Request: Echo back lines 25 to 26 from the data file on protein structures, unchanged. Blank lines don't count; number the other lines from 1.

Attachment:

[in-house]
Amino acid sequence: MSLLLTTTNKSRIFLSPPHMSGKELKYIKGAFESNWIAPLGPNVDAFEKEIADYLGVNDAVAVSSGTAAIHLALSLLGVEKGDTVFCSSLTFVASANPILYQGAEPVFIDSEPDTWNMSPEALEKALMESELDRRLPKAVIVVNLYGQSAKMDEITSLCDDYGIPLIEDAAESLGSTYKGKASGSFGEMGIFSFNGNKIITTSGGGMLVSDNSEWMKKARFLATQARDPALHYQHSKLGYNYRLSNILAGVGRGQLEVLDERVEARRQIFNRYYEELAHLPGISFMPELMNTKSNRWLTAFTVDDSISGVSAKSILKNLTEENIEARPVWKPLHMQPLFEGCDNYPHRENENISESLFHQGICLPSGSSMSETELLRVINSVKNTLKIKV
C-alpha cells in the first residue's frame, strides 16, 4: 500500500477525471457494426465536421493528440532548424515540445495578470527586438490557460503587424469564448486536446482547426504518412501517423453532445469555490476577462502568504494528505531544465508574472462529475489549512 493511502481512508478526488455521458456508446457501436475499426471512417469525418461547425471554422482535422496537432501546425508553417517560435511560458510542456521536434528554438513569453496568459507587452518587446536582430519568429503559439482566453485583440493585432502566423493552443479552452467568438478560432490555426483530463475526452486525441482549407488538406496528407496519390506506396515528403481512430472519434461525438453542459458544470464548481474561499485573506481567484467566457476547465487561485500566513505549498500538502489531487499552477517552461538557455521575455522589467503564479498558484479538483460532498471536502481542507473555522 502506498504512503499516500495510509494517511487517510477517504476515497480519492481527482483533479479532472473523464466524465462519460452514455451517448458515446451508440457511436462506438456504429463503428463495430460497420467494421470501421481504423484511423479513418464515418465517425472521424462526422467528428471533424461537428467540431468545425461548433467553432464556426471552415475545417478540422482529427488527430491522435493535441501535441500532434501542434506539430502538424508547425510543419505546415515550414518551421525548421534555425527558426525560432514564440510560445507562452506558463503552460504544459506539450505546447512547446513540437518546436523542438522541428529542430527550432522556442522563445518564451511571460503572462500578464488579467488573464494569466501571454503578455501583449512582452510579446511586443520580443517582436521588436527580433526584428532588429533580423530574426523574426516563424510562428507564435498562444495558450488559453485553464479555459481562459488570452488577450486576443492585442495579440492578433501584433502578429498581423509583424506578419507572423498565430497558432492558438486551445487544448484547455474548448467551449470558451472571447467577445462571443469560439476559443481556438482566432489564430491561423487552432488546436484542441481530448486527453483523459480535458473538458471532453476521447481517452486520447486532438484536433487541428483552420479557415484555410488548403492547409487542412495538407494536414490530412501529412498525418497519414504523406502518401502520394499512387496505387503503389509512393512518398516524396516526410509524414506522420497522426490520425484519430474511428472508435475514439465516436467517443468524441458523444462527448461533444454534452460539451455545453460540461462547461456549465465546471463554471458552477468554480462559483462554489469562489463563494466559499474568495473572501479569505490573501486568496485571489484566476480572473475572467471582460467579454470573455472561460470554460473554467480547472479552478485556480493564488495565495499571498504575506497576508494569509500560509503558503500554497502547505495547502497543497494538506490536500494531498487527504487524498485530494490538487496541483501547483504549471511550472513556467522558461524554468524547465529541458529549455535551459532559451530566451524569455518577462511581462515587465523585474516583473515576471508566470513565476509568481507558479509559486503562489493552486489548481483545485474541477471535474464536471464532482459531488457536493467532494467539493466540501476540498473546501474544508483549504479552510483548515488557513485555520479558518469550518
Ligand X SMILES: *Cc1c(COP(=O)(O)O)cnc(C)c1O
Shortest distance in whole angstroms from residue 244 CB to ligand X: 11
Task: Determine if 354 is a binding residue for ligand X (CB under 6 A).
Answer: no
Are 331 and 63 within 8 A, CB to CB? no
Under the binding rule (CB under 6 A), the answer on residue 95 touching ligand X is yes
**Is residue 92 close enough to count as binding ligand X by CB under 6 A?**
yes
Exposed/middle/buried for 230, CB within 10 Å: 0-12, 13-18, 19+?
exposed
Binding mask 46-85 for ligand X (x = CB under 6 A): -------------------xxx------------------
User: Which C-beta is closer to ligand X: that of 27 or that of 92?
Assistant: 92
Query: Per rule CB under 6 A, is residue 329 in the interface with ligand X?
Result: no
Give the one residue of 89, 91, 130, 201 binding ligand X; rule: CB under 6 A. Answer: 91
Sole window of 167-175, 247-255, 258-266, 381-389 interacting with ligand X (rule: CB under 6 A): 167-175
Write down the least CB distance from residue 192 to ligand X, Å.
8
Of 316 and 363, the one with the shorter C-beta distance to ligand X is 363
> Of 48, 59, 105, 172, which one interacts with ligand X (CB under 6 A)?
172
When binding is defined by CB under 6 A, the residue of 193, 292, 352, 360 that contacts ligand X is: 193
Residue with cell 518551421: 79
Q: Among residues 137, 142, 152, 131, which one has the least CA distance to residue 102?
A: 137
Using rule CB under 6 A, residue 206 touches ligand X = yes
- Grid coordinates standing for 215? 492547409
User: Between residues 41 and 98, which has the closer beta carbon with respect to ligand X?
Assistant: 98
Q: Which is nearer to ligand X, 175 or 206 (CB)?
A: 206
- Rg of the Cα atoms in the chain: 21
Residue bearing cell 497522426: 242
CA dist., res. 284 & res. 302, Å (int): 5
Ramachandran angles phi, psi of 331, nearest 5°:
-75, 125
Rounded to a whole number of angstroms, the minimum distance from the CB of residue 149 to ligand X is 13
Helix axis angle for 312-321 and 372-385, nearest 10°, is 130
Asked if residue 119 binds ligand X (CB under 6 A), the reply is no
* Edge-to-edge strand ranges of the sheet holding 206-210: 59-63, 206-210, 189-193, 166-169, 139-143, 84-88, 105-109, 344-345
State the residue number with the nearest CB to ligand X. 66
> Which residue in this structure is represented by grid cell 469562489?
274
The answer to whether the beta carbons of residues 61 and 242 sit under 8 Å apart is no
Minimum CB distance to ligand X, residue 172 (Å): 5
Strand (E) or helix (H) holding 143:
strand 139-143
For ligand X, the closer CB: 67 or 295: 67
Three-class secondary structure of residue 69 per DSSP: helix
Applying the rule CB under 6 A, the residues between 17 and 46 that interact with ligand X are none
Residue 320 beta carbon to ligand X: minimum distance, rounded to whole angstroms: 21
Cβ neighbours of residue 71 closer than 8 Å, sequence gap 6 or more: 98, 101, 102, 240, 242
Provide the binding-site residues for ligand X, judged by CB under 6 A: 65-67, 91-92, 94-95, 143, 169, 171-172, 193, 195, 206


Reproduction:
172
When binding is defined by CB under 6 A, the residue of 193, 292, 352, 360 that contacts ligand X is: 193